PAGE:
Jelani Hasan is a winner of the “Achieving Greatness Through Choices” Black History essay contest at the Charles M. Finley Recreation Center in East Mt. Airy/West Oak Lane. The contest concluded on the last Saturday in February, Black History Month. But since Black History is a critical part of American History, and so is important anytime, NewsWorks will run each winner’s piece here. Below is Jelani’s complete essay.
The Nicholas Brothers were a talented team of tap dancing brothers who were Fayard and his younger brother Harod.
The oldest brother Fayard Antonio Nicholas was born October 20, 1914 in Mobile Alabama. Harod Lloyd Nicholas was born March 17, 1921 in Winston Salem North Carolina.
The two brothers grew up in Philadelphia. They were the sons of musicians who played with their band at the old Standard Theater. Their mother played the piano and their father played the drums.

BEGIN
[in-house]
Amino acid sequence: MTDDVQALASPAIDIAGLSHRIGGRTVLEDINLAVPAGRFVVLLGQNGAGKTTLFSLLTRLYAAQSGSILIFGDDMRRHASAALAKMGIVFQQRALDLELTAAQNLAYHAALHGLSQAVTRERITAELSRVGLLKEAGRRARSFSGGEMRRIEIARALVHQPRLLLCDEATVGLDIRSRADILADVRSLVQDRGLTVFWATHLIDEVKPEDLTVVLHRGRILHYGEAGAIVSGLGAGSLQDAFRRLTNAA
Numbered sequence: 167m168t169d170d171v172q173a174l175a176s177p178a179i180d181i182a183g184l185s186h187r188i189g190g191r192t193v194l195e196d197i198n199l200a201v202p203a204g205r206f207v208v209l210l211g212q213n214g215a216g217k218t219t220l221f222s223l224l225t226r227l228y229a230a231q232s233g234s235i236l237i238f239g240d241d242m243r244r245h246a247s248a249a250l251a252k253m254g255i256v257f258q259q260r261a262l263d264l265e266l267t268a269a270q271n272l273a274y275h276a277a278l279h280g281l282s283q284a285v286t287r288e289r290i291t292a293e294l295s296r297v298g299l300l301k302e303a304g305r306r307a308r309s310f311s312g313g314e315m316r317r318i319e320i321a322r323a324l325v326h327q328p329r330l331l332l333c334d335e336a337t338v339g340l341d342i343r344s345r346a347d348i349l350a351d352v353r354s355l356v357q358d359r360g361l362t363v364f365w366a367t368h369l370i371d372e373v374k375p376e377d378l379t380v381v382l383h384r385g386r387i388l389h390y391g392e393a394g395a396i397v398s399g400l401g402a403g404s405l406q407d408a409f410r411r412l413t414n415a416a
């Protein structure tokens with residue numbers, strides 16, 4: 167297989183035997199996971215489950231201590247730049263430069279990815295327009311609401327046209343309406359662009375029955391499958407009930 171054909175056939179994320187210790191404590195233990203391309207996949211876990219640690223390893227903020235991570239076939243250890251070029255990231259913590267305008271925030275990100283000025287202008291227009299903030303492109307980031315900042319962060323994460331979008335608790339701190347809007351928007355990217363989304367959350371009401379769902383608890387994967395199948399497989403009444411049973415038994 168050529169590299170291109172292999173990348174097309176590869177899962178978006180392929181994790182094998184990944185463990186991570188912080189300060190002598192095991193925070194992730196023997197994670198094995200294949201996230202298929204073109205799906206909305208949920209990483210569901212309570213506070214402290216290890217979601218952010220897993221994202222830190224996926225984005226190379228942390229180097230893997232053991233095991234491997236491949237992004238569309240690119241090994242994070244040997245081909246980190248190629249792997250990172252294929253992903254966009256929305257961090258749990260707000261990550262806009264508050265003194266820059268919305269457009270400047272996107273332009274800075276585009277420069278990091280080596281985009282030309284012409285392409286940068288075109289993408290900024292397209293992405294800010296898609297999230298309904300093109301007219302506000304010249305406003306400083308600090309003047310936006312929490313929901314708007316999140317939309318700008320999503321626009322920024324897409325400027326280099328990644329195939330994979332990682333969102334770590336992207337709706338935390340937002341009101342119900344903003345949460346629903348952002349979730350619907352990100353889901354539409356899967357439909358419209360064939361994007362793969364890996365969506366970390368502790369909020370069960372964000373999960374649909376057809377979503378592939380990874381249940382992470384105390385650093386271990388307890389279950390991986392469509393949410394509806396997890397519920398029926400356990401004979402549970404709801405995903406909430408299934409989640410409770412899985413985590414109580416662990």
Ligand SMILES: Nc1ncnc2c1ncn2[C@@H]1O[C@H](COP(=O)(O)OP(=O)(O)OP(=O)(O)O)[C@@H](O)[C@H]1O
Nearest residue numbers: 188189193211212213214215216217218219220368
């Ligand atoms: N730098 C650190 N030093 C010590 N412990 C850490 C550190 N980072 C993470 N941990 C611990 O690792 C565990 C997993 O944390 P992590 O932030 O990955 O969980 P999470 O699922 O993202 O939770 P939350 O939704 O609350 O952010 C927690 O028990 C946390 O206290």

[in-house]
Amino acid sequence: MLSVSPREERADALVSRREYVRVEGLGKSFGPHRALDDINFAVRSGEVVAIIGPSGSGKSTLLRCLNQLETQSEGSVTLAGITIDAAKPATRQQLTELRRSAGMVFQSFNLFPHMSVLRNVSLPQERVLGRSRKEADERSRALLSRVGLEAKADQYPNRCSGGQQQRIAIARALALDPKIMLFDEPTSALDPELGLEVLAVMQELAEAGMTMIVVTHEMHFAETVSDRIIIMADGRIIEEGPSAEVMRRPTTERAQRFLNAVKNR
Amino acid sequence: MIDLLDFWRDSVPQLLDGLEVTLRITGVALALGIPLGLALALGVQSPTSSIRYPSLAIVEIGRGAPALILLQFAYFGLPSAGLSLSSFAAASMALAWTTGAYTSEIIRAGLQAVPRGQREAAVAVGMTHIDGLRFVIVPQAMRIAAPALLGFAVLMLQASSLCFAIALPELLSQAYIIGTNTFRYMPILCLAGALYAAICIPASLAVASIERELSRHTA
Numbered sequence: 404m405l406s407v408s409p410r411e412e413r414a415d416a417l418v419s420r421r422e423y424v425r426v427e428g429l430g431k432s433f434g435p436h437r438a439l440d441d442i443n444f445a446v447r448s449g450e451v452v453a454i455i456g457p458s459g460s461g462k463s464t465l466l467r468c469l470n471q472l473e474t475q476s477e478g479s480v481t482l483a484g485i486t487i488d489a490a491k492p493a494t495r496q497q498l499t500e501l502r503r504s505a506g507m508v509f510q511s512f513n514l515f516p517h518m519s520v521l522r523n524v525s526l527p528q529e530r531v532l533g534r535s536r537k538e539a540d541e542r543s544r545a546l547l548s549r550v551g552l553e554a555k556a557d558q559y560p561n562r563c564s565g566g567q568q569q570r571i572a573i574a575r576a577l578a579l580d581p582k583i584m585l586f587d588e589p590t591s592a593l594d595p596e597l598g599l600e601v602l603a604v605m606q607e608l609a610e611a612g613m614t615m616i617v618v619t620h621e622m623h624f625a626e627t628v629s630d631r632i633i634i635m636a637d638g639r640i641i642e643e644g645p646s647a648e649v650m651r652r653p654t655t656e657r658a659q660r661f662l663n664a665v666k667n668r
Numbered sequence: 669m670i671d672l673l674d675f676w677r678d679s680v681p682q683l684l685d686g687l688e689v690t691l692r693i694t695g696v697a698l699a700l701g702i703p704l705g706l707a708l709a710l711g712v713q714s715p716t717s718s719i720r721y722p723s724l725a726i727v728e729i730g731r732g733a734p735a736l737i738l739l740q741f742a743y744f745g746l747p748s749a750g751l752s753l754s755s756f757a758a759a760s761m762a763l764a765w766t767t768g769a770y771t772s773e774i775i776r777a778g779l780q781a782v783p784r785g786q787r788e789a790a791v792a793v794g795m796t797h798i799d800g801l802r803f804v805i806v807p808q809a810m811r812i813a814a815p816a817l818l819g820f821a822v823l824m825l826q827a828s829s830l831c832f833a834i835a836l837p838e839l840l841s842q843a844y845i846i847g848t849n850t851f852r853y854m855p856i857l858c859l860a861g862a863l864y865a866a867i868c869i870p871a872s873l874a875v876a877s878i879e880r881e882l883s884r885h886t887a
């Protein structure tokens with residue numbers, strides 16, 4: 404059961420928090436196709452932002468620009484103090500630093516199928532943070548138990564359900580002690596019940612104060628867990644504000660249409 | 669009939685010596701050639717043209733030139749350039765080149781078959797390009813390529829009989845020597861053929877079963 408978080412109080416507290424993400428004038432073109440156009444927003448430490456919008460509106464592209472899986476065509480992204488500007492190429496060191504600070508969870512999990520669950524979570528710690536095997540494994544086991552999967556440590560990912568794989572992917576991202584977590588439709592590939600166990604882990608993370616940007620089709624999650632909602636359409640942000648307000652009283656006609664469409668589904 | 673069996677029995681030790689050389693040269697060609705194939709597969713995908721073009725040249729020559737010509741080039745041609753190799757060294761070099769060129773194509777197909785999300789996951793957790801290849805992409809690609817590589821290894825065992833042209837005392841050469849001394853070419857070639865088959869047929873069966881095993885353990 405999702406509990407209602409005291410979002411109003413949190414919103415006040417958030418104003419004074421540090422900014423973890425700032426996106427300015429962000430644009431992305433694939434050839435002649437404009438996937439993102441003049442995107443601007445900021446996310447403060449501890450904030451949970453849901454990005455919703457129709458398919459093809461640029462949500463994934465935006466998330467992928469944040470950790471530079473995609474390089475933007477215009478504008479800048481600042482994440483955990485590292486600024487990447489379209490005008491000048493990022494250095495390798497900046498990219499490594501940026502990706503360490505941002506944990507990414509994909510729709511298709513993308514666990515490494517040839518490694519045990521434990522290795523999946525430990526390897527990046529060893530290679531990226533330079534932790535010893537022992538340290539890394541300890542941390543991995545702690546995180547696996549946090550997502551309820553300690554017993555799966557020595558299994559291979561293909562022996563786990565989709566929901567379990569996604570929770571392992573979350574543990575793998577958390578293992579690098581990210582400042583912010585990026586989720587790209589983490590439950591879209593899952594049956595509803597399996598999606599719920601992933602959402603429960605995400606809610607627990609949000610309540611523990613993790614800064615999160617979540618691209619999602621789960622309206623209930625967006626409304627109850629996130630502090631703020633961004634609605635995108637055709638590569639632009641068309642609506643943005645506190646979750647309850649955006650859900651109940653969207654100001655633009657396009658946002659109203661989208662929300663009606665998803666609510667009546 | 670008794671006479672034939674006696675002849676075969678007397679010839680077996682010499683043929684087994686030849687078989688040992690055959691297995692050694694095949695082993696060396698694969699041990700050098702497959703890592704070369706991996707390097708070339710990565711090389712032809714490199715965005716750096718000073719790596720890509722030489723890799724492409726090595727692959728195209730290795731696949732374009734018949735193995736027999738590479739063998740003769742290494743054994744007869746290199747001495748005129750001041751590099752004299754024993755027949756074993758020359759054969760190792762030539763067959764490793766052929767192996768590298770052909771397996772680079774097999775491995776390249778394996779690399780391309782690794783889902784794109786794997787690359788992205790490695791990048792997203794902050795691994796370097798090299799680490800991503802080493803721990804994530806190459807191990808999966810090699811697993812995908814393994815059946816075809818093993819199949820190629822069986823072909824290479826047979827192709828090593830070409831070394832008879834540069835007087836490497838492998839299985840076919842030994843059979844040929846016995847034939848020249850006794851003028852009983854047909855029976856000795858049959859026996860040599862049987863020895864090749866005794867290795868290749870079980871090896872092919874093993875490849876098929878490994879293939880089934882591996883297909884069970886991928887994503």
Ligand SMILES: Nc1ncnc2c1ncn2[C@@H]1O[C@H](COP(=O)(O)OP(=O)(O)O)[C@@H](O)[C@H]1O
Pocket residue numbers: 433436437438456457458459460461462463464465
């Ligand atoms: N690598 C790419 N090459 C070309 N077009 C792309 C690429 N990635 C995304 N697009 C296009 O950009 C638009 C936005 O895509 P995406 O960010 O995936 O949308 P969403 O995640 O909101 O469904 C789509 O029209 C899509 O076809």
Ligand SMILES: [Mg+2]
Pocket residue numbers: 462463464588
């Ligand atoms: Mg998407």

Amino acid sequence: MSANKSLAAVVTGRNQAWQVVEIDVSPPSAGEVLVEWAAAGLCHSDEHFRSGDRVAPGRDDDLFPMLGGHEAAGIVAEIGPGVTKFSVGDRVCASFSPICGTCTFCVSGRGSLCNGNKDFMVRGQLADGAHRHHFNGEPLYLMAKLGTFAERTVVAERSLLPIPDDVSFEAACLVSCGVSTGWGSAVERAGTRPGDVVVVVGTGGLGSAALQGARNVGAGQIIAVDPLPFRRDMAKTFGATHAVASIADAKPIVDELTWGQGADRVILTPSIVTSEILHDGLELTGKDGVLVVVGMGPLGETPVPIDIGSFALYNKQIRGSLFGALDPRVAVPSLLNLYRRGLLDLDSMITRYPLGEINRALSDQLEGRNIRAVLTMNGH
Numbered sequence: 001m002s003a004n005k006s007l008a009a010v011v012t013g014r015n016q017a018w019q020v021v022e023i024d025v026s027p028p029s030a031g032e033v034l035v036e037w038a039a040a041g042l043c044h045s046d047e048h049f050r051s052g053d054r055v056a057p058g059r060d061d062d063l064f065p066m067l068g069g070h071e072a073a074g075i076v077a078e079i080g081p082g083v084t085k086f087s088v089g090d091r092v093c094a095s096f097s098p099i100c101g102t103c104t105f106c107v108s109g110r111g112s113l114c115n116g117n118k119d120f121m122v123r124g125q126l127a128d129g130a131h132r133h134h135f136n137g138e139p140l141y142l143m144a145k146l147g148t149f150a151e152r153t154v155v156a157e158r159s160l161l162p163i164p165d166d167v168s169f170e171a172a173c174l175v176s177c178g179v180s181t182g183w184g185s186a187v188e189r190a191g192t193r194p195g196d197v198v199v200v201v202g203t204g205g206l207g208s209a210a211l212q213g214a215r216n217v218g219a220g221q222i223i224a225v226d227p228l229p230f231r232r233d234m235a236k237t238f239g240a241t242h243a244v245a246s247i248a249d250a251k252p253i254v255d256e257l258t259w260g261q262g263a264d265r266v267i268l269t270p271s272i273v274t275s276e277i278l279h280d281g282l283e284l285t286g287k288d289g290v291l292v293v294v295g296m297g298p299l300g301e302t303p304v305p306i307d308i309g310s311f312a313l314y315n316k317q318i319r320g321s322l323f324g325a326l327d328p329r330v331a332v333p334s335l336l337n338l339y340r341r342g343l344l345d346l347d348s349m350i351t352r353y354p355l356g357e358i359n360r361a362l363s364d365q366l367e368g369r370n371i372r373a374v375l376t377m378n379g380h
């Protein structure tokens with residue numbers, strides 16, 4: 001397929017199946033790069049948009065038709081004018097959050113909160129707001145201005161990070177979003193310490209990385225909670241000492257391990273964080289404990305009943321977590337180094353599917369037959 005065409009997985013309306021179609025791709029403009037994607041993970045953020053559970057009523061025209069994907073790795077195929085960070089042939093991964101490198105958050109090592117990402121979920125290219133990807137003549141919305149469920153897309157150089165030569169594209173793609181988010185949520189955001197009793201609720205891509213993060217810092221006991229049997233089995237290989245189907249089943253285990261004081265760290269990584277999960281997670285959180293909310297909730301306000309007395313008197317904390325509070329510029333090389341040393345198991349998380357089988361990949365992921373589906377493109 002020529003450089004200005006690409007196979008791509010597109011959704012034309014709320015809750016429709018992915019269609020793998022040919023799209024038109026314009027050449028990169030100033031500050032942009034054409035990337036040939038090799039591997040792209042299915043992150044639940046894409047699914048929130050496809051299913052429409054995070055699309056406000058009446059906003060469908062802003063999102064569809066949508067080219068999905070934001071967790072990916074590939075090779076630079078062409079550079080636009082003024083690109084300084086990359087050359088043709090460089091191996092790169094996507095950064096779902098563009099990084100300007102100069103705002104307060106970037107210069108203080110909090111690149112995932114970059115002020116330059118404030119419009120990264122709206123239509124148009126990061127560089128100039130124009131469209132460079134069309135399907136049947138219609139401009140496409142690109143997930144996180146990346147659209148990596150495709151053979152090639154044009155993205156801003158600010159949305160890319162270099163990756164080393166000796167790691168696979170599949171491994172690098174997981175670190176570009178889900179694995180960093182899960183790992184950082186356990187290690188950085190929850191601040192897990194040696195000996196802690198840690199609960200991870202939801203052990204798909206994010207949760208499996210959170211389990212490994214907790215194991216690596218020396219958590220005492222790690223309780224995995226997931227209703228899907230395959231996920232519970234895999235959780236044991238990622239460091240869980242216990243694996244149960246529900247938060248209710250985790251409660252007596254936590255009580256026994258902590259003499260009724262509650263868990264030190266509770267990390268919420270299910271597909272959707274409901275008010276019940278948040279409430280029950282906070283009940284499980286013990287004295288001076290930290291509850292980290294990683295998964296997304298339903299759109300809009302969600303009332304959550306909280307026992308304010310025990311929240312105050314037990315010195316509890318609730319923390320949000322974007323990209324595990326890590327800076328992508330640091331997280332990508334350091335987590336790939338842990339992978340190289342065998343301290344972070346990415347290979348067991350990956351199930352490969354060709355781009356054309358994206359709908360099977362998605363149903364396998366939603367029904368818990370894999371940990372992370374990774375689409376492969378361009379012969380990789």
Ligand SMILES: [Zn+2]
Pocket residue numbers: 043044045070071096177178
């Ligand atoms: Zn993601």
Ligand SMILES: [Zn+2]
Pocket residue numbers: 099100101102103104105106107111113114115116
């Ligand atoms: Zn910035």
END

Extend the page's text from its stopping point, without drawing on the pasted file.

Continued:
Fayard and Harod had no formal dance training. When Harod was 11 and Fayard was 18 they were the featured act at Harlem’s Cotton Club in 1932. They were the only African American entertainers there allowed to mingle with white patrons.
Their exhilarating hybrid of tap, ballet and acrobatic dancing, mostly called ‘flash dancing,’ meant no individual or group had the same affect on the audiences.
The brothers taught master classes in dance at Howard University and Radcliffe. Some of their students were Debbie Allen, Janet Jackson, Michael Jackson and more.
One of their signature moves was to dance down a huge flight of stairs leapfrogging over each other and landing in a full split on each step. They performed this move in the finale of the movie Stormy Weather. That performance is what inspired me to tap since I was small.
The official Nicholas Brothers Web site.
See the Nicholas Brothers and their signature move in action (3 minutes).
See the Nicholas Brothers dance with a young Michael Jackson (2min 30 sec).